dd  1           ; p_flags       - 1     --> executable segment 
        dq  0           ; p_offset      - no offset
        dq  $$          ; p_vaddr       - address
        dq  $$          ; p_paddr       - address
        dq  file_size   ; p_filesz      
        dq  file_size   ; p_memsz
        dq  0x1000      ; p_align       - 4K alignment

        phdr_size  equ  $ - phdr ; calculate the size of phdr

;; File entry point

        ;; syscall(SYS_write, 1, "Hello, World!\n", 14);
        mov rdx, hello_size
        mov rsi, hello
        mov rdi, 1
        mov rax, 1

        ;; syscal(SYS_exit, 0);
        mov rax, 60 ; exit syscall
        mov rdi,  0 ; exit status 0

hello:  db "Hello, World!", 10  ; 10 --> '\n'

        hello_size equ $ - hello ; size of the hello string (14 bytes)

        file_size  equ  $ - $$  ; calculate the whole program size in bytes

The assembly code above sets every ELF header field to a valid value taking into account each field's size.

The db, dw, dd, and dq pseudo-instructions are handled by the nasm assembler as data definition directives.

  • db defines a byte (8 bits) or a series of bytes/characters (string) to a given value.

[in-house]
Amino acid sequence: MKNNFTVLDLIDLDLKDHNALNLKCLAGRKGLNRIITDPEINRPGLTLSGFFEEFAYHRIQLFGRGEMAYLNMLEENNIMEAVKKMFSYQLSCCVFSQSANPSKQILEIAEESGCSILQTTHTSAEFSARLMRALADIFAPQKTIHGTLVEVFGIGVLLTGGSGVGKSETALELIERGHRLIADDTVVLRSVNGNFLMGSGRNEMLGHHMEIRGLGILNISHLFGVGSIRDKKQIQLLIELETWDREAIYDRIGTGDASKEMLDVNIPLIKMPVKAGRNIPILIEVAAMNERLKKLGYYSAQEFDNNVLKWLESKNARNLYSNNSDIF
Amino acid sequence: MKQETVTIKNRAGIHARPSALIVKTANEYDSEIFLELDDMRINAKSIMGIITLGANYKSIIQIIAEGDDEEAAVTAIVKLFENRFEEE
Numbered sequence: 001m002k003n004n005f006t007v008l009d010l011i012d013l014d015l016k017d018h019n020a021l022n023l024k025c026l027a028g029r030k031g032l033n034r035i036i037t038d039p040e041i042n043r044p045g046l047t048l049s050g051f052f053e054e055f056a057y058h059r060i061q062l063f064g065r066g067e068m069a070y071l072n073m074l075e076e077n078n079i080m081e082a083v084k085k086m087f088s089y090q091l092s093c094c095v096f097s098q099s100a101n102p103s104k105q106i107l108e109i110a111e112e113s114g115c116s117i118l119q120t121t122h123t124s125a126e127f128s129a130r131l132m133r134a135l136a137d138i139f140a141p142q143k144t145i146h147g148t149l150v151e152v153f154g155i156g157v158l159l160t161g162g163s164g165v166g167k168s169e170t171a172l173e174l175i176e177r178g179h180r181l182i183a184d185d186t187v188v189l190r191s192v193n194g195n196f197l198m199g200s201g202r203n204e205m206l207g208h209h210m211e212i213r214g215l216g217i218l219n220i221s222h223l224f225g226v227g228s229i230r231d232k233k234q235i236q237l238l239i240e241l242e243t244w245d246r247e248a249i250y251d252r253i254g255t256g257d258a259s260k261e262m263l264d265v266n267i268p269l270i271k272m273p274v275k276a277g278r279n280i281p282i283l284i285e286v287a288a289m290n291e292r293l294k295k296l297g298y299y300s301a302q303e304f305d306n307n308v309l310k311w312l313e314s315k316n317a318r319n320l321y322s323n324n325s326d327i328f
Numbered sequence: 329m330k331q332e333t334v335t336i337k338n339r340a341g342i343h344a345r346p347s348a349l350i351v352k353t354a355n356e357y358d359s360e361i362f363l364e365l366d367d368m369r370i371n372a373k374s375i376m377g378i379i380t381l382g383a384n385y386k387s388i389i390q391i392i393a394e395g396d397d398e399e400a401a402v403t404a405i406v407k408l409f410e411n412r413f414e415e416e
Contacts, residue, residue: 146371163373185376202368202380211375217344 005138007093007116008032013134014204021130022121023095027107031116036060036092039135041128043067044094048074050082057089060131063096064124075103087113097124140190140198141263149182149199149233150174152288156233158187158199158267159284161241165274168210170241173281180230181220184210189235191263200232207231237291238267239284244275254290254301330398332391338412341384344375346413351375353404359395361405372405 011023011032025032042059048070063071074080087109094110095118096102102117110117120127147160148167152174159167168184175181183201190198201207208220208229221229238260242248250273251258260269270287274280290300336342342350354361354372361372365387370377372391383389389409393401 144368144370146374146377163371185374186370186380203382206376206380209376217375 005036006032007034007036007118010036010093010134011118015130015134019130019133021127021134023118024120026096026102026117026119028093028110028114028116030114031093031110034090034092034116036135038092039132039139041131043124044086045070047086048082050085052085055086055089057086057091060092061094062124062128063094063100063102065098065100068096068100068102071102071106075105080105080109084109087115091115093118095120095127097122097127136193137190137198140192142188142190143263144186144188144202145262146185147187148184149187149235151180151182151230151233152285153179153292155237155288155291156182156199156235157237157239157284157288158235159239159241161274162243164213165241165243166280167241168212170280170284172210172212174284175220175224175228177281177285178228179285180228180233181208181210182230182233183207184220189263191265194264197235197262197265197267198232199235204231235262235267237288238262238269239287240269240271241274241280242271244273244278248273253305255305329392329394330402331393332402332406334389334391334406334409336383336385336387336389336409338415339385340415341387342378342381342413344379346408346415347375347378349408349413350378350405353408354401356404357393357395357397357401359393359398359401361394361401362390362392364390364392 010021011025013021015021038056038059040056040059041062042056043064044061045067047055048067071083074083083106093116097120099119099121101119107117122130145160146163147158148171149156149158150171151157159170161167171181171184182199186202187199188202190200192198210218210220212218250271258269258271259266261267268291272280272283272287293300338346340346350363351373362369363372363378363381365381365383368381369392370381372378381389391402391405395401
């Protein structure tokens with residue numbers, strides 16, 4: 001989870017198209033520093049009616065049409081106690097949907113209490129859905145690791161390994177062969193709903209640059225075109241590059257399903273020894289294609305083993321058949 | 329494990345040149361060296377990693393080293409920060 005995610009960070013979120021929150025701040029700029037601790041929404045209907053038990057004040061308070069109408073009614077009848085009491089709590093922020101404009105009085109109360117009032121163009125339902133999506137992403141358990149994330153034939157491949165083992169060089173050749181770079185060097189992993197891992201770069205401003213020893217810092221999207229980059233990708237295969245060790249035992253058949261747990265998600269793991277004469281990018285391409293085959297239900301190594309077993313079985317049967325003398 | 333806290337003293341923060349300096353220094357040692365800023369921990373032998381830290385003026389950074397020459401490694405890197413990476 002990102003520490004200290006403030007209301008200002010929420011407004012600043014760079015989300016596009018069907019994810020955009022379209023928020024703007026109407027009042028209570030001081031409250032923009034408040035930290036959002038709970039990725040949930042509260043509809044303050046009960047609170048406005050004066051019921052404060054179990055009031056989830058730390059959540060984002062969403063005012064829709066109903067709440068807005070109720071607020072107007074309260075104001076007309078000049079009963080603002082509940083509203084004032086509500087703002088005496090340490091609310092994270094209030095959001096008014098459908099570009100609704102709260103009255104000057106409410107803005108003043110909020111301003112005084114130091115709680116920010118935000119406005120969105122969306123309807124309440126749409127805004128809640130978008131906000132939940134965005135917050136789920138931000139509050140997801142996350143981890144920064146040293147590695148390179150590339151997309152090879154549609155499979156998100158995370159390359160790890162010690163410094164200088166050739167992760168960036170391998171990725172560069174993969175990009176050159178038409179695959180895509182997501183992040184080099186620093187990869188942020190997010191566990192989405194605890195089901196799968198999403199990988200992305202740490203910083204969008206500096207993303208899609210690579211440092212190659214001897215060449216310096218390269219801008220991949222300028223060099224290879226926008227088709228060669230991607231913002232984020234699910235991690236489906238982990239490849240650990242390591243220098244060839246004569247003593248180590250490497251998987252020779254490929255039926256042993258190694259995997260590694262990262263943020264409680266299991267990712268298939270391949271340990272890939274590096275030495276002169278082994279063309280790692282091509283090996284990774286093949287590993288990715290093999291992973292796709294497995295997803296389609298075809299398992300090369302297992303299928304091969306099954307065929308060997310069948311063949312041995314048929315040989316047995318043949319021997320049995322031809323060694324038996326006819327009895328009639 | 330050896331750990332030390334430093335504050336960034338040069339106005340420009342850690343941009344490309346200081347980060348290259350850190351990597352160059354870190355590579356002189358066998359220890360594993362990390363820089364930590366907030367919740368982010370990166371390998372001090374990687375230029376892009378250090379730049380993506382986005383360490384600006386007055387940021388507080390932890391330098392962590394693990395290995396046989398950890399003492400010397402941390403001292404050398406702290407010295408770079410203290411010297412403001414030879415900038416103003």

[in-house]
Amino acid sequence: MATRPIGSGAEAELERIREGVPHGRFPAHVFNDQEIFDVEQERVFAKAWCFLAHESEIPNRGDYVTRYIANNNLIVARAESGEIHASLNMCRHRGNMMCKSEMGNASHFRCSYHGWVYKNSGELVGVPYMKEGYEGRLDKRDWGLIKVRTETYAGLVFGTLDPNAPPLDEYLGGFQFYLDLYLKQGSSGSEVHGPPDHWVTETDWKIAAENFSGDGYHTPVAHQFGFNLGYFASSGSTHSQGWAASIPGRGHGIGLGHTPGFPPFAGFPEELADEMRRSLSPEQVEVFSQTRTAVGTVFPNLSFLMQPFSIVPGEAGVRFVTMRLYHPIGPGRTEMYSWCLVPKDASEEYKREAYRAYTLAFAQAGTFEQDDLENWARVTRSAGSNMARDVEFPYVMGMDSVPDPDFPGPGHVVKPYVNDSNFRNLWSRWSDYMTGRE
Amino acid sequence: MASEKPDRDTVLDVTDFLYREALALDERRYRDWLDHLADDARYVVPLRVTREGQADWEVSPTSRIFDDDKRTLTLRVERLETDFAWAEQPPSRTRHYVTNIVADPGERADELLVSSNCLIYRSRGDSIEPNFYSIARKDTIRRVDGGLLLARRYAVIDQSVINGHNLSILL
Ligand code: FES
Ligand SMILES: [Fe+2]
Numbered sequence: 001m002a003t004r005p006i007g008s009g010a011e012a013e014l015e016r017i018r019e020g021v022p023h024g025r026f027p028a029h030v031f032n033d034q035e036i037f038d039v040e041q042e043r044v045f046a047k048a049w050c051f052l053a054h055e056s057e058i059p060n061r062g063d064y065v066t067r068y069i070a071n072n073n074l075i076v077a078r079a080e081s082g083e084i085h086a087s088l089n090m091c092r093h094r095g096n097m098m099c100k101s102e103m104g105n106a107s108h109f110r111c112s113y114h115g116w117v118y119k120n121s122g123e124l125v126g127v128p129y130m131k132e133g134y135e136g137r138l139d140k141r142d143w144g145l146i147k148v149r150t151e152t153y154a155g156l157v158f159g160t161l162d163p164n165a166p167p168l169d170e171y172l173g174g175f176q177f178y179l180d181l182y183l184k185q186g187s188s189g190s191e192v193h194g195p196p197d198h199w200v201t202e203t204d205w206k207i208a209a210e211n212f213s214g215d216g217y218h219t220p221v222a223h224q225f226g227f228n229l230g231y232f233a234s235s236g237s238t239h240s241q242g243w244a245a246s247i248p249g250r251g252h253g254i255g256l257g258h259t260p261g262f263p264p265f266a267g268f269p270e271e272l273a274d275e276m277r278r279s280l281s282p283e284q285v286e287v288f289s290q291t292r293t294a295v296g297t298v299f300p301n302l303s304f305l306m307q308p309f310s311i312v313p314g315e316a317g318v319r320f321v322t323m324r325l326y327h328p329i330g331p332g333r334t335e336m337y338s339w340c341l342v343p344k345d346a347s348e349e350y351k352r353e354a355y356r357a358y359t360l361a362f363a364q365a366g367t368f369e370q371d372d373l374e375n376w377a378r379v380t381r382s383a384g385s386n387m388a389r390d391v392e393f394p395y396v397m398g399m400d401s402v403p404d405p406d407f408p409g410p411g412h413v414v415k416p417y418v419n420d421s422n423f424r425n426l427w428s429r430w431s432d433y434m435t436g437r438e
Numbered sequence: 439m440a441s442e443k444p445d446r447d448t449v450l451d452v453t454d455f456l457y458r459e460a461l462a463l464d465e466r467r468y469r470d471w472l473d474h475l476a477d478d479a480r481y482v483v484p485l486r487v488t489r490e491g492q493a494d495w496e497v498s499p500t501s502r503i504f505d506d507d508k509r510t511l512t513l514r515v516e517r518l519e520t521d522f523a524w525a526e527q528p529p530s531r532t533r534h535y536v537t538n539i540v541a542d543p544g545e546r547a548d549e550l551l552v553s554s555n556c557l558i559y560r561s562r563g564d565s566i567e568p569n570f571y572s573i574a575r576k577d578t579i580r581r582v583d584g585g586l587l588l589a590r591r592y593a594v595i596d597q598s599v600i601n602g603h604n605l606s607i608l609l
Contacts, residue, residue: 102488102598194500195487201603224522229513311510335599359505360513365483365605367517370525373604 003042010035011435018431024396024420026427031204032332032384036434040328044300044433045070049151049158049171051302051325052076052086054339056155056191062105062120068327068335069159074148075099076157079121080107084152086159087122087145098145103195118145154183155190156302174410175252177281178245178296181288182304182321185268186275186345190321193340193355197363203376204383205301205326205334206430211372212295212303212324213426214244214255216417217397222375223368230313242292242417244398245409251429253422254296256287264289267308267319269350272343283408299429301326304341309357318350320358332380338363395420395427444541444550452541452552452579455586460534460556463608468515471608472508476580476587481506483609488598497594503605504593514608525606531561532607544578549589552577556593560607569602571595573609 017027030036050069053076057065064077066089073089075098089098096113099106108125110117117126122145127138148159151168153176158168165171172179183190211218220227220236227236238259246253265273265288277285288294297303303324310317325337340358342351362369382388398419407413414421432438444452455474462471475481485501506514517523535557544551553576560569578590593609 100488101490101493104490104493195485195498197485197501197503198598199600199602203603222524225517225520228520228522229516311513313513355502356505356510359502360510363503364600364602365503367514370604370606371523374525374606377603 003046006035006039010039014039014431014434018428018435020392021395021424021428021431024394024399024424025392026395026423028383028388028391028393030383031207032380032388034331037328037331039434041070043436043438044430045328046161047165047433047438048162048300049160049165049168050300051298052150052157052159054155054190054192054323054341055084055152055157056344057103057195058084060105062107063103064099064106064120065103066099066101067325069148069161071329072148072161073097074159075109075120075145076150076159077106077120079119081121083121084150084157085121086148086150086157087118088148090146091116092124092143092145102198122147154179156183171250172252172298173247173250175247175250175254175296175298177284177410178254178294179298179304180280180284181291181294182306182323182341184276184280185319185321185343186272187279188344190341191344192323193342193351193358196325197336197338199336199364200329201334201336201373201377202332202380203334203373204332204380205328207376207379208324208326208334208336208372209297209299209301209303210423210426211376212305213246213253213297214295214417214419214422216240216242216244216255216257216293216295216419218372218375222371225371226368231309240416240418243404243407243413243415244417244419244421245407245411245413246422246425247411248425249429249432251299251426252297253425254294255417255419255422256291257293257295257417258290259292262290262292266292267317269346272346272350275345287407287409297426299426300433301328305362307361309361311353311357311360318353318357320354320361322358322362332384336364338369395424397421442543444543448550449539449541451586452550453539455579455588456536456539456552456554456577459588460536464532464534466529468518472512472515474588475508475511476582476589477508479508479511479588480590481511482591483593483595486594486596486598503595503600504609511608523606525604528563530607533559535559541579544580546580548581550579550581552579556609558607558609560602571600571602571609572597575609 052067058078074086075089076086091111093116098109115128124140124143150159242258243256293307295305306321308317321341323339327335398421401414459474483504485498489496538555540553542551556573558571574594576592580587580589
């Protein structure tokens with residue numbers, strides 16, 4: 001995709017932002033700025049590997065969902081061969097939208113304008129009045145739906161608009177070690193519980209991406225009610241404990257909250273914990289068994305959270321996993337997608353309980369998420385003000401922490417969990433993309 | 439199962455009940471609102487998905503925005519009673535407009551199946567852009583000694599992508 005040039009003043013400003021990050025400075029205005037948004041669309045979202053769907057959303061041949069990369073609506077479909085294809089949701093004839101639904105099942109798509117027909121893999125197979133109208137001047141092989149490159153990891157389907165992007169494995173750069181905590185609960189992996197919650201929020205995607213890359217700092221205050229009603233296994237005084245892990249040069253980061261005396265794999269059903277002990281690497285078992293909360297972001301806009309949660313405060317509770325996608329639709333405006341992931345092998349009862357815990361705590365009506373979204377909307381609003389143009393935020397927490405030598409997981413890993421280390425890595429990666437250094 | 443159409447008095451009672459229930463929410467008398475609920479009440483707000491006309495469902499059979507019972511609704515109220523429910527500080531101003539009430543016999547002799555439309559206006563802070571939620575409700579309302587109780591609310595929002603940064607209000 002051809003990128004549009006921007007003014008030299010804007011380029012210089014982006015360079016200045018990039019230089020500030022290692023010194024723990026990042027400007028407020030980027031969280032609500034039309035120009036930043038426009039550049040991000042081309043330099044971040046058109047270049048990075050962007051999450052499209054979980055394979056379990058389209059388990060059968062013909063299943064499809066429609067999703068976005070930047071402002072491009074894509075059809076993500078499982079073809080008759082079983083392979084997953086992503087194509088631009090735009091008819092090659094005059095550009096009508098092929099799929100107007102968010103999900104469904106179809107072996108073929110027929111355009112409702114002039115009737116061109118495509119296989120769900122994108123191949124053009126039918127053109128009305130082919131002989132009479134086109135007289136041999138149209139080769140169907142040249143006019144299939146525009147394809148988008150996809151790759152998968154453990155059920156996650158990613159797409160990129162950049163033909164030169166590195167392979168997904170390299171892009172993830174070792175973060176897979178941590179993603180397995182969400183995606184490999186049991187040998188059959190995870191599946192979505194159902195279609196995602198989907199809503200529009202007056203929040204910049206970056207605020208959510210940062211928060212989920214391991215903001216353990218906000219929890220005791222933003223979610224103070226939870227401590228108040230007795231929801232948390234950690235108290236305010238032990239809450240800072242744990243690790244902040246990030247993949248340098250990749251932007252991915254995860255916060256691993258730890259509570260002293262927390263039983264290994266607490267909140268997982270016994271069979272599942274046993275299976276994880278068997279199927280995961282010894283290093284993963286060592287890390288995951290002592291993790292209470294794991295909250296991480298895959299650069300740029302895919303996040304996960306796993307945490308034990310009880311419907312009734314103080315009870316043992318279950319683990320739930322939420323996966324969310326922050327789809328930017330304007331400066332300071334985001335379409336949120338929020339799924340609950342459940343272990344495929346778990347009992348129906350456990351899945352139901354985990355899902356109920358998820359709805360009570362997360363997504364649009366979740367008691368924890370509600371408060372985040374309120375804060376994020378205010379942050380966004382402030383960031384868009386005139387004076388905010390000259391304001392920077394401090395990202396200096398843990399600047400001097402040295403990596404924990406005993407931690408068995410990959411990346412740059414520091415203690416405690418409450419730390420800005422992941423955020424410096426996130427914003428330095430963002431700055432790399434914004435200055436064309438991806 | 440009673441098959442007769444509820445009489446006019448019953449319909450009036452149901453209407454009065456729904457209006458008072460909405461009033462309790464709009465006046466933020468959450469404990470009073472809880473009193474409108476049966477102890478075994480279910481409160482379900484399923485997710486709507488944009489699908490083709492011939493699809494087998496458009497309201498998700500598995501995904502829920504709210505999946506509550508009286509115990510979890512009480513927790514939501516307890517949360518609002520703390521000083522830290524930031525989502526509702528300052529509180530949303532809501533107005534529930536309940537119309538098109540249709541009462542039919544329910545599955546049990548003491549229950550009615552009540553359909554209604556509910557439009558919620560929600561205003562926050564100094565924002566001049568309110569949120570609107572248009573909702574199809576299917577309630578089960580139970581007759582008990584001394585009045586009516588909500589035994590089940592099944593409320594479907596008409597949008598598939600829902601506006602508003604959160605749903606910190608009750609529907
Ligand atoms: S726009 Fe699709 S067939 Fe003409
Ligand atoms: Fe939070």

• dw defines a word (16 bits) to a given value.
  • dd defines a double word (32 bits) value.
  • dq defines a quadword (64 bits) value.

Once the data fields set, the program performs the same syscall procedure as before.

To assemble the code above use the following commands:

$ nasm -f bin main.asm -o main # Assemble and create the binary file

$ chmod +x main                # Make the binary file executable

$ wc -c main                   # Count the number of bytes in the binary file  
   173 main

Now, how big is this binary file?

Answer: 173 bytes.

The new binary file is 82.95 times smaller than the dynamically linked version, 49.06 times smaller than the previous assembly version, and 3993.47 times smaller than the statically linked version.

How fast is this binary file compared to the previous versions?

time for i in $( seq 1 10000 ); do ./main >> /dev/null; done

real    0m4.018s
user    0m2.690s
sys     0m1.698s

6 References

Date: April 2020

Author: Yaspr

Created: 2020-04-15 Wed 22:31